" Endless as this shall be our bliss."
" God alone made us two one."
" No treasure like a true friend."
We can only hope these sentiments indeed helped the giver to Keepe fayth till deth."
Another modern ring which is surely the descendant of these posy rings is that shown in Fig. 9, wherein the ivy is taken as the type of constant affection.
Yet another interesting comparison is the modern buckle ring (Fig. 12) with the "garter" ring of the sixteenth century (Fig. 11).
When these rings were first made they were formed like a badge of the Order of the Garter, with the buckle in front, and outside the hoop the motto of the Order, and inside any chosen posy, such as " I'll win and wear thee."
For some time the buckle rings, which came into vogue about fifty years ago, were made solid; then later they were made to open and display the loved one's name beneath the fastening.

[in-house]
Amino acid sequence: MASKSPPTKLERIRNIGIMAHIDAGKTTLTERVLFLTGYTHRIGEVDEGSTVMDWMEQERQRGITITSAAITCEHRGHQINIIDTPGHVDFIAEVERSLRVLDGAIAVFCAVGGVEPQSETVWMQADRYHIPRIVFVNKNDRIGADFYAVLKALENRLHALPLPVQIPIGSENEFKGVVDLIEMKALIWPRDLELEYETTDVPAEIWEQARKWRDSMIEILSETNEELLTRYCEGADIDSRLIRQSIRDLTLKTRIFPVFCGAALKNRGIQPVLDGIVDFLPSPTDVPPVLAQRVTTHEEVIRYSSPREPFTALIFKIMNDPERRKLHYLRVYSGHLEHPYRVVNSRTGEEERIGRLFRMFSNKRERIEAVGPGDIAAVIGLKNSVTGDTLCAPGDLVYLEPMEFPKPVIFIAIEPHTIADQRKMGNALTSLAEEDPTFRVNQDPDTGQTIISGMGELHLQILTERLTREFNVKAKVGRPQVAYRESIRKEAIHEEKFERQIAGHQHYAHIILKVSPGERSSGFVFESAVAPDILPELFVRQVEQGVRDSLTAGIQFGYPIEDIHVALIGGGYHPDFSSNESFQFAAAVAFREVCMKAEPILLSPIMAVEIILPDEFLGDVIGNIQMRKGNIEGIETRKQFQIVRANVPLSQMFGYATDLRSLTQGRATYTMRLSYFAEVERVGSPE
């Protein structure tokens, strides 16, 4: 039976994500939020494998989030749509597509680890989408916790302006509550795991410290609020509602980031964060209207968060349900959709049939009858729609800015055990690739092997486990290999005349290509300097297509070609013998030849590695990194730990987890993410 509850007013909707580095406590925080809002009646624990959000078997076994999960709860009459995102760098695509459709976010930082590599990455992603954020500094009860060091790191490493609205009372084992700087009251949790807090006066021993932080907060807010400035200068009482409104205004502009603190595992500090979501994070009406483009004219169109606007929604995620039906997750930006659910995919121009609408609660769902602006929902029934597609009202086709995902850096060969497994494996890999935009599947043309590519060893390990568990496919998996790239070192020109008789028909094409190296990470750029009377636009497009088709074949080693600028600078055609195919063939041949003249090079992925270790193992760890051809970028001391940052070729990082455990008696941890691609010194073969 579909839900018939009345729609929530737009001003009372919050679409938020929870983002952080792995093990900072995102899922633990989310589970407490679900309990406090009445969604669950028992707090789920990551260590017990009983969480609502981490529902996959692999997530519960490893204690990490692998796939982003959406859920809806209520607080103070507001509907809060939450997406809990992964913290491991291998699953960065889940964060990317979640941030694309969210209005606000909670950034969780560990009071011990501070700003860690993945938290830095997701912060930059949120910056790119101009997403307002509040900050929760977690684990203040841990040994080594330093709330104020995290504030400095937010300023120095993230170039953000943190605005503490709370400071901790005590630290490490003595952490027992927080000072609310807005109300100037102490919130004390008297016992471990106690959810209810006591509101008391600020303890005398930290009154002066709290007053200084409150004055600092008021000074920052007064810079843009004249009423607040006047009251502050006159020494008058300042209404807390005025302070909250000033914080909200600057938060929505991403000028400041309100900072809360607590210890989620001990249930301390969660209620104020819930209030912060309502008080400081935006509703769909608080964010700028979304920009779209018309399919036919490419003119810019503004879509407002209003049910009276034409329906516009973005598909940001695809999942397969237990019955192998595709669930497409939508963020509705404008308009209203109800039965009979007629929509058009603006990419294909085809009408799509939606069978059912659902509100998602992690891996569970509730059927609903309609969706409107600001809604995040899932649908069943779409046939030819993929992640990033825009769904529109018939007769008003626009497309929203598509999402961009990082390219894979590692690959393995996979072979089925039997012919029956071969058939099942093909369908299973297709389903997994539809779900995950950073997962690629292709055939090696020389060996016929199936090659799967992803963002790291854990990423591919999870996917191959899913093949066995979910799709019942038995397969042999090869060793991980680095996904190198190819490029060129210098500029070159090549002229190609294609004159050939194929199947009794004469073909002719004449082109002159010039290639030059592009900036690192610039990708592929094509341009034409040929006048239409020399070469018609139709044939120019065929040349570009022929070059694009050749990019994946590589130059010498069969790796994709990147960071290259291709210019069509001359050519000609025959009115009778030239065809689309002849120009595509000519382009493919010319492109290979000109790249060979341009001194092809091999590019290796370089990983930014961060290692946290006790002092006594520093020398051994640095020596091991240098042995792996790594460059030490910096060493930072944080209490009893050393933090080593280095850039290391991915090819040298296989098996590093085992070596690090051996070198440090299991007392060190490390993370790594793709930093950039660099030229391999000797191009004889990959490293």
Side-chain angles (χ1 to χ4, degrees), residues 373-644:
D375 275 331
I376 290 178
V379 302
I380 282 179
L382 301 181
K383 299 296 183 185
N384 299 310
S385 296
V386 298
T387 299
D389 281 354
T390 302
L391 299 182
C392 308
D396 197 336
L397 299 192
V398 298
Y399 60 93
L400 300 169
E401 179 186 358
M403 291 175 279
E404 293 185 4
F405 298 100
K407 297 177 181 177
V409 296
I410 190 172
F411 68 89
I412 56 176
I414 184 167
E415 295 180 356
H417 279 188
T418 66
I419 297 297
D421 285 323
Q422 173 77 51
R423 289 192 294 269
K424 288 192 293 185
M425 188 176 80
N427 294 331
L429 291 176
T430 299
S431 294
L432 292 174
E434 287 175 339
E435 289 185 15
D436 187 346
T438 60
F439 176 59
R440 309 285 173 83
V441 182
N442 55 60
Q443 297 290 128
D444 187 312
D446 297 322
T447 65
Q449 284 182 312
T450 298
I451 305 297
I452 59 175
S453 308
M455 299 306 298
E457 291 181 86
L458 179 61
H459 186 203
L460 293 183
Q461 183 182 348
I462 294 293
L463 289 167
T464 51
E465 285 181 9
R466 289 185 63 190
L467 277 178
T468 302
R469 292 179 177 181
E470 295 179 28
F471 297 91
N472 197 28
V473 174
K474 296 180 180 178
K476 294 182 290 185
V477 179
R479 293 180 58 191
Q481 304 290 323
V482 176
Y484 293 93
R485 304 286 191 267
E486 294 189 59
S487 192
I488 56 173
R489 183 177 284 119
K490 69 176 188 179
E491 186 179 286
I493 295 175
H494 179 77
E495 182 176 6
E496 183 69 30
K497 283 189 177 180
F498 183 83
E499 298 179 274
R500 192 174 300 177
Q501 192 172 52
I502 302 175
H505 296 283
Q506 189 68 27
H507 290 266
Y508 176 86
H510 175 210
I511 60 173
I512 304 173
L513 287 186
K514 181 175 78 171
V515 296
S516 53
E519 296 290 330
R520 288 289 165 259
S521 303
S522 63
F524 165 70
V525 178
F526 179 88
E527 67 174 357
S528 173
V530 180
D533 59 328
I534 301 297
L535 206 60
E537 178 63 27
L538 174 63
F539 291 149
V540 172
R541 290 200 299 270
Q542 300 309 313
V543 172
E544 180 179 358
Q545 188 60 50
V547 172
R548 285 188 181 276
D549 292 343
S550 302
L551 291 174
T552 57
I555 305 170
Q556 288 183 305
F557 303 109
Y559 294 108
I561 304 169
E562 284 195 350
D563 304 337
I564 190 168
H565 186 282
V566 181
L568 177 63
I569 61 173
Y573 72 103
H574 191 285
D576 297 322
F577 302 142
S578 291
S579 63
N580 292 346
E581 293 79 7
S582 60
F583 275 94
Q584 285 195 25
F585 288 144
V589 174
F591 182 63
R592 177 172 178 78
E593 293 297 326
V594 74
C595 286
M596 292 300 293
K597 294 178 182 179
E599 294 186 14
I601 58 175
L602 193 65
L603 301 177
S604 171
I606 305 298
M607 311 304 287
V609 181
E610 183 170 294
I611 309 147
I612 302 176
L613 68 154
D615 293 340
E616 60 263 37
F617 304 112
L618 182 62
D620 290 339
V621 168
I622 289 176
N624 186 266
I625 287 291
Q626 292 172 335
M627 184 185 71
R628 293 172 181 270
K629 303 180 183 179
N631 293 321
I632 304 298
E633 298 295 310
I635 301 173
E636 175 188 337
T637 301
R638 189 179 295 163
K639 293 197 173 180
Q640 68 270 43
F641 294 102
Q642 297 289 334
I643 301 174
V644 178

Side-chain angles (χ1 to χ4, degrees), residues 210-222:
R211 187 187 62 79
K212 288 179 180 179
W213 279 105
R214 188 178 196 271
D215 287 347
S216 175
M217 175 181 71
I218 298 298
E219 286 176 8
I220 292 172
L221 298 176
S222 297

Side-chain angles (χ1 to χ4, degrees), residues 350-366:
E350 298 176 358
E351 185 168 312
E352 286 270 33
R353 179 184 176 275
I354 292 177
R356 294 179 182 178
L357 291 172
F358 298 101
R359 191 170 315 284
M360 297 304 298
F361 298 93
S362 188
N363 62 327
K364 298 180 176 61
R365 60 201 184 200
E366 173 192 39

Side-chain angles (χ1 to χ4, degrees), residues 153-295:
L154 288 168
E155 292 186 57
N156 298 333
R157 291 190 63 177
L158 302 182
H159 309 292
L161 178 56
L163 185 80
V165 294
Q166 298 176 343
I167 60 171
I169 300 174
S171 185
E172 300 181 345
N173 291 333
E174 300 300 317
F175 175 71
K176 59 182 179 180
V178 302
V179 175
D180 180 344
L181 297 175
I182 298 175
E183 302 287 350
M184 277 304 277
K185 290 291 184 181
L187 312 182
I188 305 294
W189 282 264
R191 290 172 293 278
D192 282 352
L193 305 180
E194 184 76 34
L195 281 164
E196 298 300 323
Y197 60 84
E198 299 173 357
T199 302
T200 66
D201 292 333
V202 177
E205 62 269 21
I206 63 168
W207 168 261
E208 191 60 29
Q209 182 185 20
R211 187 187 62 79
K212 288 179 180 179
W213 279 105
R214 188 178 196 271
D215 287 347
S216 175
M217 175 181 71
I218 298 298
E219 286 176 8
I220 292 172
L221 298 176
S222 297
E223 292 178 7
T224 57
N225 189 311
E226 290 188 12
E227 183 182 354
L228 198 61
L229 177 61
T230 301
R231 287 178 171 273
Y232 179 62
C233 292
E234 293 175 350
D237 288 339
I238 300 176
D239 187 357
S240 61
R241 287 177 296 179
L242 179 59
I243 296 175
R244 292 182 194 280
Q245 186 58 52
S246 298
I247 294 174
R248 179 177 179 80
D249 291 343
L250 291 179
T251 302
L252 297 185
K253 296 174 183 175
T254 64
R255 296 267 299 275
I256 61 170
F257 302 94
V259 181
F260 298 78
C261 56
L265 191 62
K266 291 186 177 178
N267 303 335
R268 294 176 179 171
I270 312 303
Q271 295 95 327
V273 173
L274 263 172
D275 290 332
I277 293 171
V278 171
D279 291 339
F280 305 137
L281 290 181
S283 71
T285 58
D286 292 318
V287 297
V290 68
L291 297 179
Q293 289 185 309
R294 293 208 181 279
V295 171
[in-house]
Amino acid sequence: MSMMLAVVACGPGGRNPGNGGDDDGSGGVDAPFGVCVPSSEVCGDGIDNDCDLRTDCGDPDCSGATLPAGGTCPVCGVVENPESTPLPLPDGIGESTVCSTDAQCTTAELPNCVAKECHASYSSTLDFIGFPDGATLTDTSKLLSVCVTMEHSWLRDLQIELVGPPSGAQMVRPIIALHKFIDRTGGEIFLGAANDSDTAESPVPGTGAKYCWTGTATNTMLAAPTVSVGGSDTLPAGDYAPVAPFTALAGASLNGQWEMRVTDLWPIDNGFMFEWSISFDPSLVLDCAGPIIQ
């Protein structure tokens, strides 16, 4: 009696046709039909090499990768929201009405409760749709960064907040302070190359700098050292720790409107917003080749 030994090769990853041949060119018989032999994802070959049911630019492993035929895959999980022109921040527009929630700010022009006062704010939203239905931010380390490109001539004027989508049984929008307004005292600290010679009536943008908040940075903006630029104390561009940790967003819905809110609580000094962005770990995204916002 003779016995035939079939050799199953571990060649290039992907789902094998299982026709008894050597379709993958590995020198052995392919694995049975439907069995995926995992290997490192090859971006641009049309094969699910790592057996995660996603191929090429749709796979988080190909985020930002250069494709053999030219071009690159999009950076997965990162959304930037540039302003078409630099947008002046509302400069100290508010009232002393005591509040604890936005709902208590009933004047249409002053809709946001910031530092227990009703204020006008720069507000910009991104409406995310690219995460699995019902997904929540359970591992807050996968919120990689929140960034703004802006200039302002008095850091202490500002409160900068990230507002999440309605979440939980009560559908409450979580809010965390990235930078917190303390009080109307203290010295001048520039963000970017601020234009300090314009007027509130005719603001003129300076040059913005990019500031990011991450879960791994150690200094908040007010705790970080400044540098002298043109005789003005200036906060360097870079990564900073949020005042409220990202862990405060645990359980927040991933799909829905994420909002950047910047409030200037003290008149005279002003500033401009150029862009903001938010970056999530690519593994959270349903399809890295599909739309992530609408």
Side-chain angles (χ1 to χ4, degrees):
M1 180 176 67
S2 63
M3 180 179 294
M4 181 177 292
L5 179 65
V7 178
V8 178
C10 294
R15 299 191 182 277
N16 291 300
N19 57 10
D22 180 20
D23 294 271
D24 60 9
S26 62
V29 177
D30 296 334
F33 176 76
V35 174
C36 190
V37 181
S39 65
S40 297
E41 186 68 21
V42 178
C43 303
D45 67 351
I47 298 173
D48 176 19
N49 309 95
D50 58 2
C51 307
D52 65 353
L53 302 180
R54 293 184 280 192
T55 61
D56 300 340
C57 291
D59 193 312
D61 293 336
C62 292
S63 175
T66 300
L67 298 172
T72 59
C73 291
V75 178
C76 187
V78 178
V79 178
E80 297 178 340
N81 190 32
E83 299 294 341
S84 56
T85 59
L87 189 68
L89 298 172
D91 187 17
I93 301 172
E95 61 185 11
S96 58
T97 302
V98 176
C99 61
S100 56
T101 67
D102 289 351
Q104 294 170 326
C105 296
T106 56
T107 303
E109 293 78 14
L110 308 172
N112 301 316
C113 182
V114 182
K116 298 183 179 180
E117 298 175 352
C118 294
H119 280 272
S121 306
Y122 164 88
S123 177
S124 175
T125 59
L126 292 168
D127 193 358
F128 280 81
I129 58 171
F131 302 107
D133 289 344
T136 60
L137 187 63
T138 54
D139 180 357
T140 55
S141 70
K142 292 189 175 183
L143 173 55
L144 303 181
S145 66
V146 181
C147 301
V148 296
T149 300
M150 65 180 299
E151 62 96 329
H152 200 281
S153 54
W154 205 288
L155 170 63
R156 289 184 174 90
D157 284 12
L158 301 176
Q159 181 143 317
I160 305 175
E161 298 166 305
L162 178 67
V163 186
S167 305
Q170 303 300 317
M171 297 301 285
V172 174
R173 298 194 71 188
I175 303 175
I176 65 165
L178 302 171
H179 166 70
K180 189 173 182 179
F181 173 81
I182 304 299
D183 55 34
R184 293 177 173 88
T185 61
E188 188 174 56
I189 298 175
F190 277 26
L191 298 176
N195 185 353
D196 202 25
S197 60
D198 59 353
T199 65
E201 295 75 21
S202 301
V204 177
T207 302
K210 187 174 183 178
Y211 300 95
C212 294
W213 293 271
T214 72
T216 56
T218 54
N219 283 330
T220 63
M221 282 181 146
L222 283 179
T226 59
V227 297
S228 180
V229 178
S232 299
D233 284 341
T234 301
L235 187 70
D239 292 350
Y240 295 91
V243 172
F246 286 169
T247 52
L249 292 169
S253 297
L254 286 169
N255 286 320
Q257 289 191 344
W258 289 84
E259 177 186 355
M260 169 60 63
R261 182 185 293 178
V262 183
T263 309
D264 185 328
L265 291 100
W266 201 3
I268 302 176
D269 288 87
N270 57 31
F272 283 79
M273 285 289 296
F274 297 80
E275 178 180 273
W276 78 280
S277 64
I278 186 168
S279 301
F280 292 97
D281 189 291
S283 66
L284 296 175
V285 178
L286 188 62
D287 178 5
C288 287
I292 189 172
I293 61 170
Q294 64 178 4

There is also similarity between the present-day true-love-knot ring (Fig. 13) and those of an early period, one of which belonged to the Earl of Northampton in 1614, and is described as "a golde ring sett with fifteene diamondes in a true-lover's knotte."
Last century saw the introduction of the " Harlequin " ring into our midst (Fig. 14). These derive their names from the fact that they were set with several stones of different colour, and thus somewhat resembled the motley dress of the pantomime hero.